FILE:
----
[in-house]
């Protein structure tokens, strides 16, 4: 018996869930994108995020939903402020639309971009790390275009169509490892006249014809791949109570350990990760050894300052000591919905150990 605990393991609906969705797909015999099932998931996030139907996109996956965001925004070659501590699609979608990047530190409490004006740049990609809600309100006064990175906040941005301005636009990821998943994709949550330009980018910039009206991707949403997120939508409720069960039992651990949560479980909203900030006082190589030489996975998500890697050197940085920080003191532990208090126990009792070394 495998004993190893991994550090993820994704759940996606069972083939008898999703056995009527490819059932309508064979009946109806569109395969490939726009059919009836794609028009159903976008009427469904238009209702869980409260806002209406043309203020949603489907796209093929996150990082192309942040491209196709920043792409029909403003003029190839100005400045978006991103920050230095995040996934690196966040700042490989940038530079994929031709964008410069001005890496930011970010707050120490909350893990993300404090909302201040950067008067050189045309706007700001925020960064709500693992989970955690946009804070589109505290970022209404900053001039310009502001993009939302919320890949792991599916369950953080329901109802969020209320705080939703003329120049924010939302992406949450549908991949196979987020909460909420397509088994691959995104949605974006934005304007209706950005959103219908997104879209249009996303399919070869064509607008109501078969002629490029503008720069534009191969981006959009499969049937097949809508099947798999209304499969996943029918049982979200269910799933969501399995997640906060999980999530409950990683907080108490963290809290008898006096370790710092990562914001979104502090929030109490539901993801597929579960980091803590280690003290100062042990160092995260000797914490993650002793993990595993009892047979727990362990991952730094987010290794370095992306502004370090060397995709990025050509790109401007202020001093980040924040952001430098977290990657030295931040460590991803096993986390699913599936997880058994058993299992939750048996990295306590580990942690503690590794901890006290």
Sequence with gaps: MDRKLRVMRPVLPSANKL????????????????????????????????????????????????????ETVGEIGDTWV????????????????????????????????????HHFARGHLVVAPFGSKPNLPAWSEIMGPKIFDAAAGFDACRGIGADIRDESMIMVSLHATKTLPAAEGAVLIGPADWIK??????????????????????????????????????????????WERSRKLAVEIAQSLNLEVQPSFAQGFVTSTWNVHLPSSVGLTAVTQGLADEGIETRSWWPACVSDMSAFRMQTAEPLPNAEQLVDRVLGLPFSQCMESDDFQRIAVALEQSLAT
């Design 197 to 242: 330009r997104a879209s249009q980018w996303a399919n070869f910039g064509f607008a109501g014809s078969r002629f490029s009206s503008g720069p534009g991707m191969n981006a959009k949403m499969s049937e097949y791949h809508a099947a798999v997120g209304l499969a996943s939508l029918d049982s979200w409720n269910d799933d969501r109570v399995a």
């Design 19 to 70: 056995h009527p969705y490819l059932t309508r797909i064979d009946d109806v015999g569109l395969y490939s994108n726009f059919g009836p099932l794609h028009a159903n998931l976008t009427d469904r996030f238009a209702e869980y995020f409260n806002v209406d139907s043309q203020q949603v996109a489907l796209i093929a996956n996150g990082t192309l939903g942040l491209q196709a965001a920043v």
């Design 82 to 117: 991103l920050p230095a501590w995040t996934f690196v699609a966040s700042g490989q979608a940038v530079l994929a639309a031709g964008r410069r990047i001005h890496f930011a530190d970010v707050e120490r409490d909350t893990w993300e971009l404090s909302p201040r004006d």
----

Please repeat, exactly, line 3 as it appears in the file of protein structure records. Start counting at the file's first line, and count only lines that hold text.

Sequence with gaps: MDRKLRVMRPVLPSANKL????????????????????????????????????????????????????ETVGEIGDTWV????????????????????????????????????HHFARGHLVVAPFGSKPNLPAWSEIMGPKIFDAAAGFDACRGIGADIRDESMIMVSLHATKTLPAAEGAVLIGPADWIK??????????????????????????????????????????????WERSRKLAVEIAQSLNLEVQPSFAQGFVTSTWNVHLPSSVGLTAVTQGLADEGIETRSWWPACVSDMSAFRMQTAEPLPNAEQLVDRVLGLPFSQCMESDDFQRIAVALEQSLAT